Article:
Singapore ready to build an open and trustful trade environment with China
Published: Jun 18, 2019 08:28 PM

A view of the Helix Bridge and the Marina Bay Sands hotel in Singapore Photo: VCG

An open, trustful, multilateral and rule-based economic environment is the future of regional cooperation in the Asia-Pacific area, especially under the current strained global trade relations, Chee Hong Tat, Singapore's senior minister of state for trade, industry and education, said on Tuesday during the CCG World Trade Roundtable.

The change in the global trade system is also presenting opportunities for countries in the Asia-Pacific region to reform the old system and build a new system using new regional initiatives including the Regional Comprehensive Economic Partnership (RCEP) and the Belt and Road Initiative (BRI), according to experts at the roundtable.

Chee noted that the current trade dispute is jeopardizing the trade system, by damaging the trust that a trade system can be non-binary and win-win. Therefore, the old system, including the WTO framework, needs to be updated and reformed.

"The WTO has been around for quite some time, and like any organization it needs to be updated," Chee said. "It is not static. The key step is to convince the main stakeholders that changes in the WTO are necessary, and that this can enlarge the pie for everyone to share."

Xu Hongcai, deputy director of the Economic Policy Commission, agreed that the increasing tension in trade means that Singapore and other regional countries can seize the opportunity to work with China and explore new forms of cooperation, especially with new free trade zones and the BRI.

"As a financial hub in Southeast Asia, Singapore can serve as a platform for the internationalization of renminbi products, and it can work with regional free trade zones including the Hainan Free Trade Zone to establish a free trade area reaching other countries in Southeast Asia. It can also work with financial institutions in China and BRI countries to explore more opportunities," Xu said.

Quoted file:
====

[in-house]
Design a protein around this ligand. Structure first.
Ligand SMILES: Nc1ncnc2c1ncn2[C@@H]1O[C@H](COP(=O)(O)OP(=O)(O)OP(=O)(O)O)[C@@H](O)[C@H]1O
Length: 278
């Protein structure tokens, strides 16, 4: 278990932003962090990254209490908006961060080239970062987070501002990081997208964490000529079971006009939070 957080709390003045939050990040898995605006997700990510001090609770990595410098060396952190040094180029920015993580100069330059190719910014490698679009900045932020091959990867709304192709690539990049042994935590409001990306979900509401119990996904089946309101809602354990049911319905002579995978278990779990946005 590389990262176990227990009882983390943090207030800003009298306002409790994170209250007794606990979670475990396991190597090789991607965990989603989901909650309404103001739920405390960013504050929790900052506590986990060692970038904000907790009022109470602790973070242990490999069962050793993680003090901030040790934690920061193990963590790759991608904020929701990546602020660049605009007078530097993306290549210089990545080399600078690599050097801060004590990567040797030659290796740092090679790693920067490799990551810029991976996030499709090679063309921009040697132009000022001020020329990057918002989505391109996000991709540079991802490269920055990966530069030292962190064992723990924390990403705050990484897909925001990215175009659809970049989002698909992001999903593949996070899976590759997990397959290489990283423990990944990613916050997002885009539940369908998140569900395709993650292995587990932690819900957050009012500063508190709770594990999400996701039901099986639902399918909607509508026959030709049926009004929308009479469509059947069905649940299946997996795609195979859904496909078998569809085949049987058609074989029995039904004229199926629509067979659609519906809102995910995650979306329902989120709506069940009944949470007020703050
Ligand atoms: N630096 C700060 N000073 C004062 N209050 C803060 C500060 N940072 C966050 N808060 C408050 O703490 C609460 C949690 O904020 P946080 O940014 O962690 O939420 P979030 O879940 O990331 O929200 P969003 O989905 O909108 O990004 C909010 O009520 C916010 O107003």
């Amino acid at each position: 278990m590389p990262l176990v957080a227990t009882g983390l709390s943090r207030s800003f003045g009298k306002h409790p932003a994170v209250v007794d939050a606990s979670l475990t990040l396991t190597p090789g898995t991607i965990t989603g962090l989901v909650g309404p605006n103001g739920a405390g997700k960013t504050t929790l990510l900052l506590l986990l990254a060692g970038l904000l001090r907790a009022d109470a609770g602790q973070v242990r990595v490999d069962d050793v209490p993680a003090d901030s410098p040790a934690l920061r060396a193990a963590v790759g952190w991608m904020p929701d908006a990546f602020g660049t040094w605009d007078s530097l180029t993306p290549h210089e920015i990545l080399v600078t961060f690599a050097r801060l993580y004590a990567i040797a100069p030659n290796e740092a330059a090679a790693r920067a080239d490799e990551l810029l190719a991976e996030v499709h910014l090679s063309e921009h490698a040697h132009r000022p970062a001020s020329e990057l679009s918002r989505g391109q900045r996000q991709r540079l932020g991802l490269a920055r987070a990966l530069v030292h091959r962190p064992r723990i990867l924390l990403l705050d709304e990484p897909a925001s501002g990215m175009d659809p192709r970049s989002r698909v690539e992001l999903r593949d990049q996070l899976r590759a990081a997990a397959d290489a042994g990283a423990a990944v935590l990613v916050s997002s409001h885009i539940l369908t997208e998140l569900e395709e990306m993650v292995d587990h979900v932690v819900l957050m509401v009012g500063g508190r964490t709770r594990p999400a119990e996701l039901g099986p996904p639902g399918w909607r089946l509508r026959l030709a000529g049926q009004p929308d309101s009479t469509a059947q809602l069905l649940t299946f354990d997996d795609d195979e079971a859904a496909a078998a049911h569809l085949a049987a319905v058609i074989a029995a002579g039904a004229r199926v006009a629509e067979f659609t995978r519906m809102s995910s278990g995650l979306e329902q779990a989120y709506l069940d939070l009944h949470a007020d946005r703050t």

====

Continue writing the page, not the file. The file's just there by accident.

Fair and open trade not only allows for more room for growth; it can also encourage more confidence in deepening cooperation in trade and globalization, as other initiatives such as the BRI can tighten global cooperation and improve the rule-based trade environment, experts at the roundtable said. 

"China is working to lift restrictions on foreign investment and if it can keep the BRI open, transparent and welcoming, it will greatly encourage trust in conducting trade with China, and it will build a bigger pie for everyone to share," Chee observed. 

The BRI can be an important opportunity for countries to keep communications open and build a platform for discussion and identify common interests, according to experts at the roundtable. 

As a traditional regional hub for manufacturing and finance in the Asia-Pacific region, Singapore is ready to work as the catalyst to improve the trade environment.

"Unlike China, which has a huge domestic market and large scope for consumption, Singapore is a small nation whose trade volume is three times the size of its GDP. We can't depend on the domestic market in the same way as China," Chee said, noting that Singapore is ready to work with China and the ASEAN countries to build an open and rule-based environment that is beneficial to all.

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